:cheers:
« Last Edit: May 31, 2016, 06:12:09 PM by Jo »
Near Raleigh, NC, USA

Offline pgp001

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Re: Making a small marine steam engine the beginners way.
« Reply #33 on: May 31, 2016, 07:38:05 PM »
Don't forget that Peter has built this without using a milling machine, and he doesn't have a workshop as such (its in a corner of his kitchen) so its quite an achievement really.

He came to Doncaster exhibition with me a couple of weeks ago and bought a milling machine from there, so once it arrives it will be interesting to see what he conjures up next.

Phil

Offline zeeprogrammer

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Re: Making a small marine steam engine the beginners way.
« Reply #34 on: May 31, 2016, 10:54:55 PM »
Wow. That's really coming together.
And I like that flywheel. Particularly the inner holes. I've never done a good job on that.
Carl (aka Zee) Will sometimes respond to 'hey' but never 'hey you'.
"To work. To work."
Zee-Another Thread Trasher.

Online Gas_mantle

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Re: Making a small marine steam engine the beginners way.
« Reply #35 on: June 01, 2016, 08:16:59 AM »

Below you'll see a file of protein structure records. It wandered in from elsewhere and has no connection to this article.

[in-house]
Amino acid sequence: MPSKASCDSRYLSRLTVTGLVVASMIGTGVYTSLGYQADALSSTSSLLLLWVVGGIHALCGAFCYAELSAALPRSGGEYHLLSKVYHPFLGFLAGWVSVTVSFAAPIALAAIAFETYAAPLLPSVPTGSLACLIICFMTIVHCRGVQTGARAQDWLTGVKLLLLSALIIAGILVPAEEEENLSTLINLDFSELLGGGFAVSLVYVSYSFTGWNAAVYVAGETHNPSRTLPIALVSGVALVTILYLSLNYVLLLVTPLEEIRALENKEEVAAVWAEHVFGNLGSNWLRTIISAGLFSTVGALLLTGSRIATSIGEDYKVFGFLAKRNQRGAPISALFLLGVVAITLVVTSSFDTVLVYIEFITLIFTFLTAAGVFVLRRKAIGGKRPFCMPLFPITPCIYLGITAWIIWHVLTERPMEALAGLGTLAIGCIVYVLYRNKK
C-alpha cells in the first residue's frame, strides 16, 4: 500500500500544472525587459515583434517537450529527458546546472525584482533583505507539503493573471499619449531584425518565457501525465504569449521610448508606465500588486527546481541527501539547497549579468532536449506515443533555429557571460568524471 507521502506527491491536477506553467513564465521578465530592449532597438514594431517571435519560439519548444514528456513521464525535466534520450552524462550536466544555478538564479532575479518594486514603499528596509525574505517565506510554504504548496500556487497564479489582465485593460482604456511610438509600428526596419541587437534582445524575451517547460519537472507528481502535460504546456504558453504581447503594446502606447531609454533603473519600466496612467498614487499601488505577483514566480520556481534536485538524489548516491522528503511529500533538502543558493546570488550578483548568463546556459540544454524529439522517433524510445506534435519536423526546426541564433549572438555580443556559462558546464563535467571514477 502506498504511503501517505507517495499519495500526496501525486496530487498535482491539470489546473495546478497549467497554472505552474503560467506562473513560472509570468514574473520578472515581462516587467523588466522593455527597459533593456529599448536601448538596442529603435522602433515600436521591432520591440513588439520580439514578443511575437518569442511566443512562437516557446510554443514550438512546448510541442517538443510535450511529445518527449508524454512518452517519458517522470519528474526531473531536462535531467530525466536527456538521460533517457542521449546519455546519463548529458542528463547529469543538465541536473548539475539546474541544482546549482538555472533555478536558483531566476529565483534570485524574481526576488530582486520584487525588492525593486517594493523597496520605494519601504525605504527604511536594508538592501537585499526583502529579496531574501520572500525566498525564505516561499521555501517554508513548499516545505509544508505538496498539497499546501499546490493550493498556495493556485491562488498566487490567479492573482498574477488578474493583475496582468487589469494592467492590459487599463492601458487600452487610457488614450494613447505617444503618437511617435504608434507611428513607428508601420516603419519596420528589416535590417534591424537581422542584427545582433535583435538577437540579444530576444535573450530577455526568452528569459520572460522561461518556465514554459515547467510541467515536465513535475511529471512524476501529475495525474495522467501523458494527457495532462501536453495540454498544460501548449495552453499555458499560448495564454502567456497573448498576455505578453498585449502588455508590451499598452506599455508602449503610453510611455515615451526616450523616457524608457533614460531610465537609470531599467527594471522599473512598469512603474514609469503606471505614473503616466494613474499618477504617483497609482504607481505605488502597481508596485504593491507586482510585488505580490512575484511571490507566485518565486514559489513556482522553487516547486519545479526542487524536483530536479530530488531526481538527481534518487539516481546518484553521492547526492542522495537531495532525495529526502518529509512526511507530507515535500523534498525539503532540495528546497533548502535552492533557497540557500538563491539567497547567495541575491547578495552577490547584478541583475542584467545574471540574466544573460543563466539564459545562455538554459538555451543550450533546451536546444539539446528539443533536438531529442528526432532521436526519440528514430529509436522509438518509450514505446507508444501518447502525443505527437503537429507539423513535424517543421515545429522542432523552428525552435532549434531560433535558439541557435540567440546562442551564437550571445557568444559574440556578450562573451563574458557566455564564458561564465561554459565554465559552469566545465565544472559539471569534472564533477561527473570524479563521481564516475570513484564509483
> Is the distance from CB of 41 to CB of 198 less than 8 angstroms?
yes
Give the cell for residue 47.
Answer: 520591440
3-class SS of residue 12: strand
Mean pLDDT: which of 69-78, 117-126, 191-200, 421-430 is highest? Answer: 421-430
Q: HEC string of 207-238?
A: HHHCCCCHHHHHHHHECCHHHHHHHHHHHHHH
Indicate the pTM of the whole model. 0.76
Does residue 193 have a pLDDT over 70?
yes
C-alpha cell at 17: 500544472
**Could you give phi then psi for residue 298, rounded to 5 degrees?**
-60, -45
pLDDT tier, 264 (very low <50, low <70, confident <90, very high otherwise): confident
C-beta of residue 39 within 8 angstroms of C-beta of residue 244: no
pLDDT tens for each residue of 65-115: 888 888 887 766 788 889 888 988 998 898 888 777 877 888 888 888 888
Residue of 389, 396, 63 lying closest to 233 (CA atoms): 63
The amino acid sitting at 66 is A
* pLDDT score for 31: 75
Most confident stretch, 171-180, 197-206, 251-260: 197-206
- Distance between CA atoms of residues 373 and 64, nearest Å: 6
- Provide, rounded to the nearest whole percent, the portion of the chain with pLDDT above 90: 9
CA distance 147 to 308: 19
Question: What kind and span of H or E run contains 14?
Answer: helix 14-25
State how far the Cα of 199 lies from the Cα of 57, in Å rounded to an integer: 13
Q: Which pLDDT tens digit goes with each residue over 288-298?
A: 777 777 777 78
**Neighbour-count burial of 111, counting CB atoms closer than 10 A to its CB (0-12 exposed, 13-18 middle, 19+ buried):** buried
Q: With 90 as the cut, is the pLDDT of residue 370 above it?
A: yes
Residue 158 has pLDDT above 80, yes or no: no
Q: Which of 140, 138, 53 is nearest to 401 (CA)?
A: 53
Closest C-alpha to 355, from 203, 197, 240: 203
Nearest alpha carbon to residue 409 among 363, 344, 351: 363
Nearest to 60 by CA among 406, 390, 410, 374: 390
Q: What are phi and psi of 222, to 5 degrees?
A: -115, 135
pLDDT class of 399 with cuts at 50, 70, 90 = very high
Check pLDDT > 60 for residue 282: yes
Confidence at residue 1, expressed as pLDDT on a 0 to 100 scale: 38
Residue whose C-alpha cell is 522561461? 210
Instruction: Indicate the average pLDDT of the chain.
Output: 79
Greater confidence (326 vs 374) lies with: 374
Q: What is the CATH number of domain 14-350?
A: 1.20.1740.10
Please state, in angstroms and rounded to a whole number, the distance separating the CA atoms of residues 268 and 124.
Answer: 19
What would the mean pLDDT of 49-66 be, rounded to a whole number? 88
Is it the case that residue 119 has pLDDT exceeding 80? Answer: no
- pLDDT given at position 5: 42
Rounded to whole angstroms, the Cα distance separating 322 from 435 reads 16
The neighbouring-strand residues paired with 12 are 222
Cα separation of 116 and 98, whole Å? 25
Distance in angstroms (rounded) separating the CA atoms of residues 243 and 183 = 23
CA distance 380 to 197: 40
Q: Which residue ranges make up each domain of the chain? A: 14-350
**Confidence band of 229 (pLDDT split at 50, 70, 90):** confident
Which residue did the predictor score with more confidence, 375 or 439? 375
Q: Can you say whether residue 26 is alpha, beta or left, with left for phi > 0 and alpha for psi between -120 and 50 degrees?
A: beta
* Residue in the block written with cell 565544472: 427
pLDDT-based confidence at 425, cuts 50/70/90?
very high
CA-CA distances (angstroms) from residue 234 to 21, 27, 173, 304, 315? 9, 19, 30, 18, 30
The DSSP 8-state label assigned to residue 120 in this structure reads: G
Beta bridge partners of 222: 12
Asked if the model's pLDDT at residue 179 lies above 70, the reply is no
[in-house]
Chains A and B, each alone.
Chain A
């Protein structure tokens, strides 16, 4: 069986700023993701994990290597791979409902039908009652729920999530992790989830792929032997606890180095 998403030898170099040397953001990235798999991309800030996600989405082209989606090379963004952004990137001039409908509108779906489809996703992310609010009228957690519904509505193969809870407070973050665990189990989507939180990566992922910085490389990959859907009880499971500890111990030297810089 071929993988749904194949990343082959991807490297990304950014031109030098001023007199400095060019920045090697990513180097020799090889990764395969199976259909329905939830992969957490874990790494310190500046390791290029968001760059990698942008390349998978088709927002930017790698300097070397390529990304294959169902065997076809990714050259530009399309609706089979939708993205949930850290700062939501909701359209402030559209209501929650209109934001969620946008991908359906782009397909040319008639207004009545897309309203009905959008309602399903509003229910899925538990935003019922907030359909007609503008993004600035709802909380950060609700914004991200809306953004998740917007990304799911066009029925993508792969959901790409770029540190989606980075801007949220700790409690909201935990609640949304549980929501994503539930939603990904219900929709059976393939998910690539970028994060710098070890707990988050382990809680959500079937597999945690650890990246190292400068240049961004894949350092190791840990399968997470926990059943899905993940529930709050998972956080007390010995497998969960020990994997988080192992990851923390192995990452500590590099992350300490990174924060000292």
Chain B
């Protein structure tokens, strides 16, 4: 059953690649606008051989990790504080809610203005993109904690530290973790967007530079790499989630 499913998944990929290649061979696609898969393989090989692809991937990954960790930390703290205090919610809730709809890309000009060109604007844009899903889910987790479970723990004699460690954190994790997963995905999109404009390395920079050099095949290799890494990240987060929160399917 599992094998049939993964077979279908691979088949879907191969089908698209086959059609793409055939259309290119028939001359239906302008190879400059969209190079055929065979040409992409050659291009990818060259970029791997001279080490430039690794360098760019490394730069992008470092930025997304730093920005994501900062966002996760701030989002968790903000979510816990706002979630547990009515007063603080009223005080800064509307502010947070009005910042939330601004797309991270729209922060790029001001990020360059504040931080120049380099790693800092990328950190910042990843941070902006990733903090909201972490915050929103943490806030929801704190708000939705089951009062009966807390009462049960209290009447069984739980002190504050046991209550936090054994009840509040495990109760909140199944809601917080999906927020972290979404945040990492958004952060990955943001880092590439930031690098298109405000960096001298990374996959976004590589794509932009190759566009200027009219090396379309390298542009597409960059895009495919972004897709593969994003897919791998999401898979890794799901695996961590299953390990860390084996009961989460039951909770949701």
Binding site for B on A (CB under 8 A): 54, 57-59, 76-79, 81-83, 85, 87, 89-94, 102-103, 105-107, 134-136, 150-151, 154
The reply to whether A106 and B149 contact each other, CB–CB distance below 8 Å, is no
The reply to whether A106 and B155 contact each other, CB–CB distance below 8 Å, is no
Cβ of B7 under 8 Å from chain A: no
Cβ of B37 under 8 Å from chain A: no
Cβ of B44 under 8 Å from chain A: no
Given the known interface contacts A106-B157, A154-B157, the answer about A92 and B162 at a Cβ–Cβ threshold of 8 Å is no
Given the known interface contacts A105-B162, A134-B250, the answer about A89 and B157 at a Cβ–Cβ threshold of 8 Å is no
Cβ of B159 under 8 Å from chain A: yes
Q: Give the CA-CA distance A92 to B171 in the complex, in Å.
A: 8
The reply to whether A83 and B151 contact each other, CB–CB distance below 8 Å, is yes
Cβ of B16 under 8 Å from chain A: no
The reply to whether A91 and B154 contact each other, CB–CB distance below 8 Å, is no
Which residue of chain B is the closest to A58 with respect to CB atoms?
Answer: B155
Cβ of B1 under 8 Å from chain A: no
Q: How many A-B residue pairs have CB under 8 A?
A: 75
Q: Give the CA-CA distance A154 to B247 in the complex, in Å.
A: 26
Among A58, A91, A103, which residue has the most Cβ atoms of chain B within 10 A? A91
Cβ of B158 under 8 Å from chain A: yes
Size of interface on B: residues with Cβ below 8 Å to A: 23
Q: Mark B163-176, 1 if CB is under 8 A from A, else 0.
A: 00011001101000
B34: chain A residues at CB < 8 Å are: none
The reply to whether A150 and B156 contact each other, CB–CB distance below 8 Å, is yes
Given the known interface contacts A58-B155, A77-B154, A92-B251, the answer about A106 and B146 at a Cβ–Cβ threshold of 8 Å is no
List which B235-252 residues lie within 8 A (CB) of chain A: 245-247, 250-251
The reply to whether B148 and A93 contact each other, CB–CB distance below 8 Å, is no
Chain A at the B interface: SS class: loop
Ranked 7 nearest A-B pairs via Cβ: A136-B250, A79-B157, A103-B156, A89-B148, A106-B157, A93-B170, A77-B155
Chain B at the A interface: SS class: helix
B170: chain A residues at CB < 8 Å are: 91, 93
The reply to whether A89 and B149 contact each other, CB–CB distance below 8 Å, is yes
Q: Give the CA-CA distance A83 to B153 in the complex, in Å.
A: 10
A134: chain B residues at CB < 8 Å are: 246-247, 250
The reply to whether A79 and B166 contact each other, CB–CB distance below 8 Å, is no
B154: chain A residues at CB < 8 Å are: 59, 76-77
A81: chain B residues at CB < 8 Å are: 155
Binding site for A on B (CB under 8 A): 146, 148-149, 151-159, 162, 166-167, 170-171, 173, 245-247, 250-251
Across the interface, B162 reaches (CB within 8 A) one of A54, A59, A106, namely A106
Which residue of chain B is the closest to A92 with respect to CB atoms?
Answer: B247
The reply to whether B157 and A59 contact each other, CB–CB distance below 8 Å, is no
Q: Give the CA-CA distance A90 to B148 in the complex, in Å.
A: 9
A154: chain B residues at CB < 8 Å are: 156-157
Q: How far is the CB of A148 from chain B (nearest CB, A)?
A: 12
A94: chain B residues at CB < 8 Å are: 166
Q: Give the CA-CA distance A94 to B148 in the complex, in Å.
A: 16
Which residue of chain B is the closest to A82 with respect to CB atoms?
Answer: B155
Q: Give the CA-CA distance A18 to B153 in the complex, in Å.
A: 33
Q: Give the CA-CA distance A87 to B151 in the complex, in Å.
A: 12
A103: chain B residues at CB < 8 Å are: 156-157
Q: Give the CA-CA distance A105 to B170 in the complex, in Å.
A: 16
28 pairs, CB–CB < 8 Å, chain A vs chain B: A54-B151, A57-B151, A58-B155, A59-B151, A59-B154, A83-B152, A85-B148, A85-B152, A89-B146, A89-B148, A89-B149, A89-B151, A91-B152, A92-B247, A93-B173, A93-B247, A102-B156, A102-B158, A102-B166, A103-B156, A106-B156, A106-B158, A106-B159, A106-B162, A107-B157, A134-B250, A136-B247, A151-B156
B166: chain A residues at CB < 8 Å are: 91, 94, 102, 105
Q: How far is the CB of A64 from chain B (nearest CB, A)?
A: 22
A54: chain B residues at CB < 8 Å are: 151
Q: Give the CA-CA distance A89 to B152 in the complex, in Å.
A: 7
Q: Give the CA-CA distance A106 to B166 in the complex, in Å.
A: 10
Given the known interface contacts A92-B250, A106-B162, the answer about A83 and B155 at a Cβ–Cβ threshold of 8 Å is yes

Hi,

When I came up with the idea I pondered how to make crosshead guides and thought with the limited tooling and experience I have that I wouldn't be able to make anything accurate enough. I decided that having long piston rods exiting the cylinder caps would be a lot easier and hopefully reduce any wear - it means the engine does have an odd hybrid appearance but for now it is probably the best I can manage. I do agree that guides would be a far better solution though and it's something I have considered adding later. As Phil said I will have a mill shortly and then the possibility of adding guides then becomes more realistic.

As for the flywheel, I've made few smaller wheels in the past and to be honest this is the first one that has looked anything like reasonable. The radial holes were bored by offsetting the wheel mounted on a faceplate and it's about at the limit my small hobby lathe could manage.

Offline pgp001

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Re: Making a small marine steam engine the beginners way.
« Reply #36 on: June 03, 2016, 11:24:35 PM »
Peter

I think it would be good for us all to see a video of your engine once you get it running.